View Full Version : Do you write for yourself, or an audience?

07-16-2010, 01:55 AM
So...I have a WIP, my agent asked me about them, and then told me that there is an editor looking for particular things. I could certainly make changes for what the editor is looking for, but they don't really fit in to the vision I had for my work--plus, it would be a ton of extra work. My husband thinks that I should make changes and do whatever is necessary to sell.

So, my question is: Do any of you ever write to specifications like that? I mean, if some editor said "I'm really looking for a crime novel featuring the untimely murder of a mermaid"--are you writing that? Or are you marching to the beat your own drum?

07-16-2010, 02:33 AM
It depends on how drastic those changes are. In general, mechanical or structural changes, I believe should be made. Content changes should only be made if you agree though. Personally, more than writing to an audience or myself, I write the story--I let it go where it needs to, where it naturally leads. So, if you can live with the changes, by all means do them and sell it. If they make you uncomfortable, then don't. You have to decide where you draw the line. It's your work--don't let others pressure you.

cate townsend
07-16-2010, 02:40 AM
If I were you, I'd try to strike a balance somewhere; think about the changes for a while and see if there's a way you can implement them without losing your vision for the story.

As for the market, at some point you're going to have your stories out there, and then it becomes more about writing for your audience than yourself. If you want to be successful at entertaining people, you're going to have to give them what they want.

Good luck!

Chris P
07-16-2010, 02:45 AM
A bit of both. I write the story because it pleases me, but I'll edit to please the editor. I've only published a handful of short stories, and in a couple cases I made, more or less, the changes the editor wanted. In one case the editor rejected the story anyway, but it got picked up by another editor without further revision.

I nearly withdrew one story for payment reasons (token $10) in light of the amount of changes the editor wanted, but I made the revisions for the pub credit. If I needed the credit less I wouldn't have done it.

07-16-2010, 06:17 PM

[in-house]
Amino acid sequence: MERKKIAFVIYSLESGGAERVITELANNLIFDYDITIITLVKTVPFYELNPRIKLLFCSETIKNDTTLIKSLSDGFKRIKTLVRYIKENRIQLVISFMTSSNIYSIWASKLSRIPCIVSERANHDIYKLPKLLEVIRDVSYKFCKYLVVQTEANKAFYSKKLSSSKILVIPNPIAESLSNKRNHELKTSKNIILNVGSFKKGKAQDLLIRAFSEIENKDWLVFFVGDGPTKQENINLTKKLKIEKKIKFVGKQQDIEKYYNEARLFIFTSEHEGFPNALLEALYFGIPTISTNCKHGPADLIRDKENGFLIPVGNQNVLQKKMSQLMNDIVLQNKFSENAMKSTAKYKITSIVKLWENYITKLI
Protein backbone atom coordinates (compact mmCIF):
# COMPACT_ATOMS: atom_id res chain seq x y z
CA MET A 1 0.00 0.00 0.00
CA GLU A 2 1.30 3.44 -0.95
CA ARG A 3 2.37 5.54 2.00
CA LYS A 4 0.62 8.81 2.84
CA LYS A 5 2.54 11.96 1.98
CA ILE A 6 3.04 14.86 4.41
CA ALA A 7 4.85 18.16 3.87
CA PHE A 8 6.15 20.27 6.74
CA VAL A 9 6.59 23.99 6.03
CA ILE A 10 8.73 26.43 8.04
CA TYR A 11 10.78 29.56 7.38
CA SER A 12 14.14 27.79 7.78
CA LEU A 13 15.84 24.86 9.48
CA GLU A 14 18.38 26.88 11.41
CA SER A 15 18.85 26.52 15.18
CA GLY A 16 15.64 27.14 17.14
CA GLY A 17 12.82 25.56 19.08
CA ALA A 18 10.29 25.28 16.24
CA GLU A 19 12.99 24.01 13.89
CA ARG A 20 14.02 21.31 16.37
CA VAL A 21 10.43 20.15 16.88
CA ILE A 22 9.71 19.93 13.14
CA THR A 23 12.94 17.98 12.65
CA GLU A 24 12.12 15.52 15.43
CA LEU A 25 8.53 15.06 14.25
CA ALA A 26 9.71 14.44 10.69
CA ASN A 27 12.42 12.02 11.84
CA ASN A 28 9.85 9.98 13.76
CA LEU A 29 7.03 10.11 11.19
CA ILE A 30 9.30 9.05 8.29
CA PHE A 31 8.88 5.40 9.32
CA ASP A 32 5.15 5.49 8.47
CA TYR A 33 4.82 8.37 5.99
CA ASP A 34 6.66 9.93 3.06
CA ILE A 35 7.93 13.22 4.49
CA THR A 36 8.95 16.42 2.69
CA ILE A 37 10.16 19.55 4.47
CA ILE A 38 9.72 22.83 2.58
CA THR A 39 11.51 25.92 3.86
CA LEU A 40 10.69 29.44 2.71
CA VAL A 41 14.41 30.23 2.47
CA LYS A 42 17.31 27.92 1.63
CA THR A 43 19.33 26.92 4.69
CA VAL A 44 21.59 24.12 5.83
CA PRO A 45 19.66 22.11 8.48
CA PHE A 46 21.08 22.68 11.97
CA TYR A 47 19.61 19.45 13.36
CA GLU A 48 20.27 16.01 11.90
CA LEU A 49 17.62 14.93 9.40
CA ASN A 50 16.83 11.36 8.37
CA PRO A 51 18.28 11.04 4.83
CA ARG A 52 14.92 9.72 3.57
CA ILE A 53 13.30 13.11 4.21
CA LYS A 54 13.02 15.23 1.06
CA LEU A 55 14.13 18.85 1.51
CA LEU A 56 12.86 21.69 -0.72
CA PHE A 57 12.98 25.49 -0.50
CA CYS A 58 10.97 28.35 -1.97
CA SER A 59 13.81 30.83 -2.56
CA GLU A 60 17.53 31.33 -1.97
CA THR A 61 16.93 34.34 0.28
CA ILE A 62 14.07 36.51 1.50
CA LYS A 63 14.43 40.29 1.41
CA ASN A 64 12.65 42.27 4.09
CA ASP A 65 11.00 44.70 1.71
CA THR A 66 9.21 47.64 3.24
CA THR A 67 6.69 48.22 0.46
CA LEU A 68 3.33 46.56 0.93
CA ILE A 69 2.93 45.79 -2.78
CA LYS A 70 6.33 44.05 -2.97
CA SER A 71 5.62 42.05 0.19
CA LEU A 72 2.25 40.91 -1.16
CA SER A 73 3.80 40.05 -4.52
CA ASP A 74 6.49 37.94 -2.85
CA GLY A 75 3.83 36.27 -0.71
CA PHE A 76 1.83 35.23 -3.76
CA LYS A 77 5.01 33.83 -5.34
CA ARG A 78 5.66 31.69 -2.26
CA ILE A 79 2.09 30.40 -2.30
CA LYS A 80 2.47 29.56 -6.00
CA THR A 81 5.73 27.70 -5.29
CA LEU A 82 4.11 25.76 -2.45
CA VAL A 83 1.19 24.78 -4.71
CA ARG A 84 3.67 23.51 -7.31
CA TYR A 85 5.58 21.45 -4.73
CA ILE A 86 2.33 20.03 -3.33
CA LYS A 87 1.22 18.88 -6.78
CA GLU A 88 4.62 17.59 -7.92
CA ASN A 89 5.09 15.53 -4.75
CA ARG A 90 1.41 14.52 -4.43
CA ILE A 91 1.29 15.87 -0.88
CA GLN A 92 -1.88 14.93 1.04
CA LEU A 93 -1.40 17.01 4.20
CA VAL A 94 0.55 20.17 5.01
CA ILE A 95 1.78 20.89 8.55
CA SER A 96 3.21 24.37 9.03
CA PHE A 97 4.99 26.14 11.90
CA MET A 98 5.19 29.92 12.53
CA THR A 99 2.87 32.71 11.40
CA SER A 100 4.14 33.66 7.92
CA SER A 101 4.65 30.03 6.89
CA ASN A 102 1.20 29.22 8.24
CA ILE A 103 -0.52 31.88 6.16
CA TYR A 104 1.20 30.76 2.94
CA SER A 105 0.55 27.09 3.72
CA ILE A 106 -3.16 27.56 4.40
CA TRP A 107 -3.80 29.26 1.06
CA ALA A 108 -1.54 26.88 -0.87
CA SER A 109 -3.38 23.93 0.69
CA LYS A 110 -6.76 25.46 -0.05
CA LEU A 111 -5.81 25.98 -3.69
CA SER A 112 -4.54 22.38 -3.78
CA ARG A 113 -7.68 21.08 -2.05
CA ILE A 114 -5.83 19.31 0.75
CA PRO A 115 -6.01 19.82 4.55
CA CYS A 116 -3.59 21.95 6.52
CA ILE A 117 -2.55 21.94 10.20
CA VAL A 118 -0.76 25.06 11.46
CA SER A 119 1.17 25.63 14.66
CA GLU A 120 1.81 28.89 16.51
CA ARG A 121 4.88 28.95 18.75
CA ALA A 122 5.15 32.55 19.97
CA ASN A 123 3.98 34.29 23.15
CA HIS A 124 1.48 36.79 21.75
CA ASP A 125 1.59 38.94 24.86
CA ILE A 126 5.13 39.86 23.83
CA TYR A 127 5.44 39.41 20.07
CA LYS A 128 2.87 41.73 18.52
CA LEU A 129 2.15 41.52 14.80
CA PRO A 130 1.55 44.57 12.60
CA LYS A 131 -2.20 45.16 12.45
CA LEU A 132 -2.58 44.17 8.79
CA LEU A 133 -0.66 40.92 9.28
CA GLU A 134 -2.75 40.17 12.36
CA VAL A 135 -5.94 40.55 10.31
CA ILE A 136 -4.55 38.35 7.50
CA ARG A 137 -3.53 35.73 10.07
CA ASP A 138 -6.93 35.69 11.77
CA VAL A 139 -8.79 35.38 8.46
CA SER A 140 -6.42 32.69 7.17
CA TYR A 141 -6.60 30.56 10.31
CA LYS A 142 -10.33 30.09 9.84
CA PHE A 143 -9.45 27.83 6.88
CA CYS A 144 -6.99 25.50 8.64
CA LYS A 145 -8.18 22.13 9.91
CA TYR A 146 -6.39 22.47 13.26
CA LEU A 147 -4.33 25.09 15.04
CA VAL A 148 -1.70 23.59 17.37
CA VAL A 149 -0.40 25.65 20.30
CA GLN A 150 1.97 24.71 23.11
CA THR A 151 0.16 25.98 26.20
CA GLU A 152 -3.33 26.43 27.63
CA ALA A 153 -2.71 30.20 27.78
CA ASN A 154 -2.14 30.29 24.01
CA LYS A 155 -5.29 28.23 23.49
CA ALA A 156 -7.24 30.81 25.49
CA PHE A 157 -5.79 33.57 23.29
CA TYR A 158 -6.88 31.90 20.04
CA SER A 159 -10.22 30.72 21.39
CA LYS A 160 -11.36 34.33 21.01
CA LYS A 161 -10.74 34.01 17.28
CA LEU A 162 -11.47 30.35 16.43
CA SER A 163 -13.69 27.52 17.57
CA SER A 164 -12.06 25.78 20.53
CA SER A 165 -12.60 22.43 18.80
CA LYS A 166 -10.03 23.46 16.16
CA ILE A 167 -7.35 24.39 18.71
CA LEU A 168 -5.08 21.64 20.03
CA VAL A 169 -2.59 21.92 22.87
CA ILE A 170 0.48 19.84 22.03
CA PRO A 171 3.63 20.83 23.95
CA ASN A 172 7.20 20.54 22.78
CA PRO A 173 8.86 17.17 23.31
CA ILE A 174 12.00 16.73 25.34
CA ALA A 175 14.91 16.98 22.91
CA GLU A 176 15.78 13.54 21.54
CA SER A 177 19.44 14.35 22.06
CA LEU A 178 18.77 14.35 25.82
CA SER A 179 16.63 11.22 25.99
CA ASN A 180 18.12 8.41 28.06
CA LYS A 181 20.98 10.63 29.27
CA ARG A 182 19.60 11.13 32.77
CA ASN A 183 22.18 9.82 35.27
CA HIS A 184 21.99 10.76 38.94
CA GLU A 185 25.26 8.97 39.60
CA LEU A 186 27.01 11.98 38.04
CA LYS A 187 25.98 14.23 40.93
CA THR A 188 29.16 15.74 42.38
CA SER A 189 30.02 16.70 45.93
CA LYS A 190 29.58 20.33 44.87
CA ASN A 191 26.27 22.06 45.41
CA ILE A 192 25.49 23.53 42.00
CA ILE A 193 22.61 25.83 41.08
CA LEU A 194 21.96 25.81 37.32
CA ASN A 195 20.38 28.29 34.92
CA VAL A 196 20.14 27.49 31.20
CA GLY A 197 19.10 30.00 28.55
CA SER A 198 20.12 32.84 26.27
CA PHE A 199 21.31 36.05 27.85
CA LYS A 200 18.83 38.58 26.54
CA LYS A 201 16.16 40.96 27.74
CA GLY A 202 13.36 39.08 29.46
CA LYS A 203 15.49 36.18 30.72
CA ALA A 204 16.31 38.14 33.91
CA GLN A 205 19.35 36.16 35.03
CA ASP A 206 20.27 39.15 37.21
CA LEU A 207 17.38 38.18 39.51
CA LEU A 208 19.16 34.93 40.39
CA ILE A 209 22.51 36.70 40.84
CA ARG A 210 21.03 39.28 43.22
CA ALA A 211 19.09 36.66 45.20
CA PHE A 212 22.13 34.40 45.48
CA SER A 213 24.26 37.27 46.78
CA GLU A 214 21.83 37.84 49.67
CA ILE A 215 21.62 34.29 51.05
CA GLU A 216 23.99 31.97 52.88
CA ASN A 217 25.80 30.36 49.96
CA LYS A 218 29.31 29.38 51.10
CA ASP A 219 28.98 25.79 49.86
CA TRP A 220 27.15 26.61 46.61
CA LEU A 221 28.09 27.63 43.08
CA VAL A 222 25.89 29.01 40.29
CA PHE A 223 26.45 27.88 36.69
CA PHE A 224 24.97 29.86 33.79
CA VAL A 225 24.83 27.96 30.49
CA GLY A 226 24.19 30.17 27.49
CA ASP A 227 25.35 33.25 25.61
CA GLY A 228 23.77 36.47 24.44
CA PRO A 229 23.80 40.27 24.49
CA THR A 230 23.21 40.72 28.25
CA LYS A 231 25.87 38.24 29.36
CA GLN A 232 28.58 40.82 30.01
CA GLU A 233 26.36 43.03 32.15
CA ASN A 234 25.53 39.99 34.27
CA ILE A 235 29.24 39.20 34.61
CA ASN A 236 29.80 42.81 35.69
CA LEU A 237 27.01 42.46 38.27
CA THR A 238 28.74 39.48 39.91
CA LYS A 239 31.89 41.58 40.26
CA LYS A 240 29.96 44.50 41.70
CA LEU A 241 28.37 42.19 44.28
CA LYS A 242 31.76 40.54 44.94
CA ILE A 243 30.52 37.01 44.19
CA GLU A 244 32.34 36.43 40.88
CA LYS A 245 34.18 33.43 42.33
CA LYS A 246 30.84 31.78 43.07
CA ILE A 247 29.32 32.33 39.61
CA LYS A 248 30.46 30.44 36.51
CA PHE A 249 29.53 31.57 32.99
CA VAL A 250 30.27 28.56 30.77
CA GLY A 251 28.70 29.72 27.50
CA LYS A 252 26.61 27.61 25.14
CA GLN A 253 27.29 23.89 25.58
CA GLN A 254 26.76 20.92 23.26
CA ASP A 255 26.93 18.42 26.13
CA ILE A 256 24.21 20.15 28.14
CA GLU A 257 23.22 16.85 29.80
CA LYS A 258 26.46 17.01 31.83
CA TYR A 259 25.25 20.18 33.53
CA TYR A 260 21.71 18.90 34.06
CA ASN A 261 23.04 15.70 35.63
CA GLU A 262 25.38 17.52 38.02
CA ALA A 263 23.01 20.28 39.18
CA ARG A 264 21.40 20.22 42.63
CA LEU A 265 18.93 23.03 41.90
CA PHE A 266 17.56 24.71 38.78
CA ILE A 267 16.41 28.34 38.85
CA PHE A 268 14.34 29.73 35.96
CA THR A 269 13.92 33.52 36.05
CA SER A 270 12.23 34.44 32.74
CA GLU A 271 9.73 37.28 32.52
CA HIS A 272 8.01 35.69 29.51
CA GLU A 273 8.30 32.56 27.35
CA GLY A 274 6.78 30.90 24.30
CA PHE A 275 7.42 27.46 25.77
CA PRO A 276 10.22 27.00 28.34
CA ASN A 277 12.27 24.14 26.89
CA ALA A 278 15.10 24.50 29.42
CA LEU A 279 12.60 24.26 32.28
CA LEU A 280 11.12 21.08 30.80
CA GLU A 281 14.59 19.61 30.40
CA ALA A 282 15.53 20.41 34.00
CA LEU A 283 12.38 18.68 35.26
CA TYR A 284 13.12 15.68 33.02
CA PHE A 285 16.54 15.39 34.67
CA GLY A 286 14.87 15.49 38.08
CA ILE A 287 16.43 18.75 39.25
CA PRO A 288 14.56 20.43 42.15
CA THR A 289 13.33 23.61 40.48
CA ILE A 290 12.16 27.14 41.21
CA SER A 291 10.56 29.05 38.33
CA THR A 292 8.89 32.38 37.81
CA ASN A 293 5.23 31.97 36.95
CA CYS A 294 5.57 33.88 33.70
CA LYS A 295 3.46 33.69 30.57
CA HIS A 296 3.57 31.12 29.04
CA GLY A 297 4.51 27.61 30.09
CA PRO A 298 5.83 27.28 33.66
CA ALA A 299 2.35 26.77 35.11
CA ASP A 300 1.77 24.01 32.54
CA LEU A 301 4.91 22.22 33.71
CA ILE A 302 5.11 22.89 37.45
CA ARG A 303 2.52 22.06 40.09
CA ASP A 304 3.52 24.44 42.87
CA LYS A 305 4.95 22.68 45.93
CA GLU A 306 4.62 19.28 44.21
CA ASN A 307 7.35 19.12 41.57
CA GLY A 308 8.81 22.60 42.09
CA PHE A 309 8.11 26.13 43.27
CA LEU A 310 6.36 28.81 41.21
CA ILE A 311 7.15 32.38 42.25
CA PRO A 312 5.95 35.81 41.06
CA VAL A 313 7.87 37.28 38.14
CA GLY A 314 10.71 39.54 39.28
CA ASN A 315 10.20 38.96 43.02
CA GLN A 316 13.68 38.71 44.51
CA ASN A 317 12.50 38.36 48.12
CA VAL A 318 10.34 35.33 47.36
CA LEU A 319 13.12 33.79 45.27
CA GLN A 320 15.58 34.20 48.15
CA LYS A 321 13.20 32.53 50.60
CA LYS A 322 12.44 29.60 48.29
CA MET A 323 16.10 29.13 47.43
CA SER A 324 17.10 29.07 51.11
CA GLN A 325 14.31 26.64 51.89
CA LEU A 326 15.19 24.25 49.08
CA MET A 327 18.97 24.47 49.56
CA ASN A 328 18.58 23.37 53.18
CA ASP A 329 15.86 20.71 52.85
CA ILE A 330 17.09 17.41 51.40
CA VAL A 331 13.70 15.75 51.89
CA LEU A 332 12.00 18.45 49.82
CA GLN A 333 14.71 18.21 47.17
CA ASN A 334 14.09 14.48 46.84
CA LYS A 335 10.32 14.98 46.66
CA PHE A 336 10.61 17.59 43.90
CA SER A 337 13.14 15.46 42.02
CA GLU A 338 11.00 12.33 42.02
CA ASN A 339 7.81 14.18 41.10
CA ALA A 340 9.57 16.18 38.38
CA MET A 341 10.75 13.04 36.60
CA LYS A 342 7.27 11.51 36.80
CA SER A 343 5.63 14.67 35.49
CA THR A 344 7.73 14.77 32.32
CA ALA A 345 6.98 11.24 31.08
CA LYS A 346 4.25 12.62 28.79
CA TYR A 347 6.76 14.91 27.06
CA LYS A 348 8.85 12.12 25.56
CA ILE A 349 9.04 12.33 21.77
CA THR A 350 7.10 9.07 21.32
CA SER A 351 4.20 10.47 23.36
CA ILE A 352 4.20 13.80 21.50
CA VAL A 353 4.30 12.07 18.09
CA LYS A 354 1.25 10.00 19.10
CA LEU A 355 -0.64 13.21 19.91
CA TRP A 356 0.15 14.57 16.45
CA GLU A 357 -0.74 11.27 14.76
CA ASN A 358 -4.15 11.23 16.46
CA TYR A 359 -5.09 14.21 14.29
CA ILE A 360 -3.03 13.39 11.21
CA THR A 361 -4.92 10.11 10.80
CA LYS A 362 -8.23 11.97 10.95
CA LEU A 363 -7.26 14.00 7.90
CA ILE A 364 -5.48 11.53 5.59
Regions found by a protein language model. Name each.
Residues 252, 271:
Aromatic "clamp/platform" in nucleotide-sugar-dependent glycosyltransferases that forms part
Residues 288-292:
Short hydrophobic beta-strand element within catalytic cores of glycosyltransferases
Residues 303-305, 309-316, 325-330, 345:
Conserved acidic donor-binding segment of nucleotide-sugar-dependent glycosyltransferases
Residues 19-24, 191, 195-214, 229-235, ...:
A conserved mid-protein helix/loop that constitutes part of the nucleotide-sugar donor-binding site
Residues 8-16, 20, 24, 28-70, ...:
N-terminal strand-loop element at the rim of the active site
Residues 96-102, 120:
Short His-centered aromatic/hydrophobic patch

If you disagree with a suggested change, no matter who makes it, don't do it. It's your story and you have to be true to that. Making a change you don't believe it usually results in flat work, and that won't sell.

However, I don't think there's anything wrong with making your book more marketable. It is, after all, a product. I don't write something just for the sake of "what sells" but I do consider my ideas with a commercial eye and think about my audience. I want them to be happy with my story, same as I want to be happy with my story.

You might try looking at your agent's suggestions and figuring out why they're suggesting XYZ. Is there a way to revise your work so that it satisfies you, but also makes the book more marketable in the way she's suggesting? Like, adding murdered mermaids won't work, but you can tweak a mystery element or a supernatural element that strengthens a paranormal crime aspect.

Sometimes we can tweak to satisfy an agent/editor but do it in a way they didn't suggest. Not saying you have to of course, but looking at it from a different perspective might help you figure out what you want to do.

07-16-2010, 09:30 PM
I write for myself. But if you're going to be successful, writing for yourself is the same thing as writing for an audience. It means you and that audience share the same taste in stories.

As for writing to specifications from an editor, yes, I will, if it's a book I think I can write well, a book I'll enjoy writing, and if the editor asks me to do so. I won't change the book I am writing radically, but I will write a second book that fits the bill.

But I believe the only suggestion an agent should ever be allowed to make is almost like this one. "I know an editor who is looking for a certain kind of book, and if you think you would enjoy writing such a book, give it a try, and I'll pass it along."

As for vision, the only vision I have for any book is that it be written as well as I can possibly write it, and that it tells the best possible story.

There's a difference between an editor asking for certain changes in a book you've already written and submitted, and in your situation. When an editor asks for specific changes in a book already written, you make the ones you agree with, the ones you think will make the story stronger, and you don't make the changes you disagree with. And good editor understands that he suggests, you decide.

Your situation is different. It's fine for your agent to tell you a particular editor is looking for a particular kind of novel. But I think it's a horrible idea for you to attempt such massive changes in your current novel. This seldom works out. If you want to please that editor, it's best, I think, to write another novel aimed specifically at his needs.

I'd suggest keeping this novel the way you intended it, and writing a second to please that editor. I suspect this would also please your agent. It certainly should.